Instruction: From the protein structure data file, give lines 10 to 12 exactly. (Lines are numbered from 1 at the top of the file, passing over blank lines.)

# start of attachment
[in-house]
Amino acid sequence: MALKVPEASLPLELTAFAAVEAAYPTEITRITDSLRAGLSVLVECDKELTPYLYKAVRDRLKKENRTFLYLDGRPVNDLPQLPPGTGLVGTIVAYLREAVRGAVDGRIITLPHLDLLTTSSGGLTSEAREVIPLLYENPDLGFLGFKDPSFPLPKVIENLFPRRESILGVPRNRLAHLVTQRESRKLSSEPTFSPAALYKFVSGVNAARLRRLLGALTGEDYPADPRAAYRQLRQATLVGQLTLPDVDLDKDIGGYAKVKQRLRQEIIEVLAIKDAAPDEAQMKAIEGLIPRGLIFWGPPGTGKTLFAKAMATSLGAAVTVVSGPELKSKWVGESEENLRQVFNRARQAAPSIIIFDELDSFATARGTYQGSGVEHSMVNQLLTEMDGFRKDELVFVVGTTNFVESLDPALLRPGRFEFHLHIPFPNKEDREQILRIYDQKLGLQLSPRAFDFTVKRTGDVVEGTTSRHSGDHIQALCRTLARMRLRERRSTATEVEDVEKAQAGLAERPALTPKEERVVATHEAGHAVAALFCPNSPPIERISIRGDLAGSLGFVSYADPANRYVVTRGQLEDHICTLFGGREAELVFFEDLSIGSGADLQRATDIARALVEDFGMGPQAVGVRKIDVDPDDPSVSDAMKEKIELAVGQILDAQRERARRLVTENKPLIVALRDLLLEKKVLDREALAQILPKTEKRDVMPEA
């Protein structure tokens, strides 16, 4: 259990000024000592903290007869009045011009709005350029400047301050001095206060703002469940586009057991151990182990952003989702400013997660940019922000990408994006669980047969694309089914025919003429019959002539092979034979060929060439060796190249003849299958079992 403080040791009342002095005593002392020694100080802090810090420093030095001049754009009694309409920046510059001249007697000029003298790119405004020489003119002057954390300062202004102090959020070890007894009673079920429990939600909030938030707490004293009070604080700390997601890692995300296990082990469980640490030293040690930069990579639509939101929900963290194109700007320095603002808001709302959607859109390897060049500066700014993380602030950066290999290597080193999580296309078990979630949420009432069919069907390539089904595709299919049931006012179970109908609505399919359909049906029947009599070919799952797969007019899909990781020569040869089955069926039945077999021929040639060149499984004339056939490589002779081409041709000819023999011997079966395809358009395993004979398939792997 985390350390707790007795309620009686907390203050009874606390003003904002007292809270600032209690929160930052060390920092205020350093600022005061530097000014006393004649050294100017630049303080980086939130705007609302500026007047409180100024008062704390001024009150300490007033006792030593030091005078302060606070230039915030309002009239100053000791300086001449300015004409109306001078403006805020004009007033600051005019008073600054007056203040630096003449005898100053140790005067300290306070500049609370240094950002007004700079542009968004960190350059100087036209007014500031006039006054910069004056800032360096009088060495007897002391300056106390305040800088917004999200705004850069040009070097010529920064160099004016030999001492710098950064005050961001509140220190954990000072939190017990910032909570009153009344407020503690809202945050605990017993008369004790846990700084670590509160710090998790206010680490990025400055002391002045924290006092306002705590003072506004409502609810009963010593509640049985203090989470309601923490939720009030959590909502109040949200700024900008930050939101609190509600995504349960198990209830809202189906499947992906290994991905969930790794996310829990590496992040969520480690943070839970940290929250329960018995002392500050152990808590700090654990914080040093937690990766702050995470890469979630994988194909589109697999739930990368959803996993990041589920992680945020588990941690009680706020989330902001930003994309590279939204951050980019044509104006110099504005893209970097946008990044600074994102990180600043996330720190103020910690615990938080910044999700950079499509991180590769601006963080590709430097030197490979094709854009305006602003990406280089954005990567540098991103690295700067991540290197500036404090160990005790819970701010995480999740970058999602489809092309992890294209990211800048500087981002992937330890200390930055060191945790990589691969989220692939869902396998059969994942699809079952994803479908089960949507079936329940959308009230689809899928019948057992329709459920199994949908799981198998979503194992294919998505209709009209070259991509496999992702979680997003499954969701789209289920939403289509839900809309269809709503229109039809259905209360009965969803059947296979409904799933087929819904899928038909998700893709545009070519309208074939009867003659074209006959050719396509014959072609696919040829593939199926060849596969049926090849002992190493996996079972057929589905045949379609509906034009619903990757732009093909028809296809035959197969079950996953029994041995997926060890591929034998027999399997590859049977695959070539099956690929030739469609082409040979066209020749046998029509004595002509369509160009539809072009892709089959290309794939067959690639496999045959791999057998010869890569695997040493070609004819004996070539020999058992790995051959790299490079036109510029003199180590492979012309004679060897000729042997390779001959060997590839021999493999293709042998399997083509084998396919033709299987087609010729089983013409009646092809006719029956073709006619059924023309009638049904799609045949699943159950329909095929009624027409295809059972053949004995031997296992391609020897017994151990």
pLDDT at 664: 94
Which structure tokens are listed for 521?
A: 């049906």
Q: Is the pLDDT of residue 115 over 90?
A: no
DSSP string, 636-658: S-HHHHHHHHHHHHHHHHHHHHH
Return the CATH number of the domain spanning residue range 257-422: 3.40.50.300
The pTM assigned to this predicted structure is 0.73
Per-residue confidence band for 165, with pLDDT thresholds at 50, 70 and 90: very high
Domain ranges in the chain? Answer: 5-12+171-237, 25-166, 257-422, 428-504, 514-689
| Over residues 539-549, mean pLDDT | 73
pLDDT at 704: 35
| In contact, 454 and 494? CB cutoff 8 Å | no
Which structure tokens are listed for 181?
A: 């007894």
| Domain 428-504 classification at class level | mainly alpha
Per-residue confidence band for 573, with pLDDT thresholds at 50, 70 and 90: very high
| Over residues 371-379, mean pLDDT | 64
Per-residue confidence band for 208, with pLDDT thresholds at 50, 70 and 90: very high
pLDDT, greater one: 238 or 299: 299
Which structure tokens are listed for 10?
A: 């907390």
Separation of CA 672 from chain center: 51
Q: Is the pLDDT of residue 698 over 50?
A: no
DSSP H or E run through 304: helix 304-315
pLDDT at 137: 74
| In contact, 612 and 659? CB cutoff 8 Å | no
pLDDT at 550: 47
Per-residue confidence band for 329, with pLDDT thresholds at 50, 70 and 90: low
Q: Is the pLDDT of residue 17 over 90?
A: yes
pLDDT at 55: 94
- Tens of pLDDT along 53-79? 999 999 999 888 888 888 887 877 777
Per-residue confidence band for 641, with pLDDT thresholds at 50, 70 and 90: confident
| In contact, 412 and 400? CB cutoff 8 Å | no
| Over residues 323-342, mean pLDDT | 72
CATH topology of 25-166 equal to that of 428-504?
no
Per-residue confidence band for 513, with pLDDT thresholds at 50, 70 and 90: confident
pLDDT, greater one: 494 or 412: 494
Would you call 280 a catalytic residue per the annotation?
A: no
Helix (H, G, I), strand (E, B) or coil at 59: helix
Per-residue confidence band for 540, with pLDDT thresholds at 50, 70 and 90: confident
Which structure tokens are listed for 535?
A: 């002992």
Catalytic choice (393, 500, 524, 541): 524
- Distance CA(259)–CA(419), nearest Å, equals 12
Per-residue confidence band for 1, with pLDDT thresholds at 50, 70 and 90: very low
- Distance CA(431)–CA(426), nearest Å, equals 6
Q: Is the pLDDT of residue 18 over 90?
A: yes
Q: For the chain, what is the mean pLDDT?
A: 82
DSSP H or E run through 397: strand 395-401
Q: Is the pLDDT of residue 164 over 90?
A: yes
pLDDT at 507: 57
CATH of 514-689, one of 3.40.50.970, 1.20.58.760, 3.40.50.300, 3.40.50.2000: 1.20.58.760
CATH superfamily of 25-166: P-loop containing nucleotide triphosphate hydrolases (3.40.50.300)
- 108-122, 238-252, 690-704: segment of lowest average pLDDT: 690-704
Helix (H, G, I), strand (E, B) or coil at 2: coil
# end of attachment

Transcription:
Return the CATH number of the domain spanning residue range 257-422: 3.40.50.300
The pTM assigned to this predicted structure is 0.73
Per-residue confidence band for 165, with pLDDT thresholds at 50, 70 and 90: very high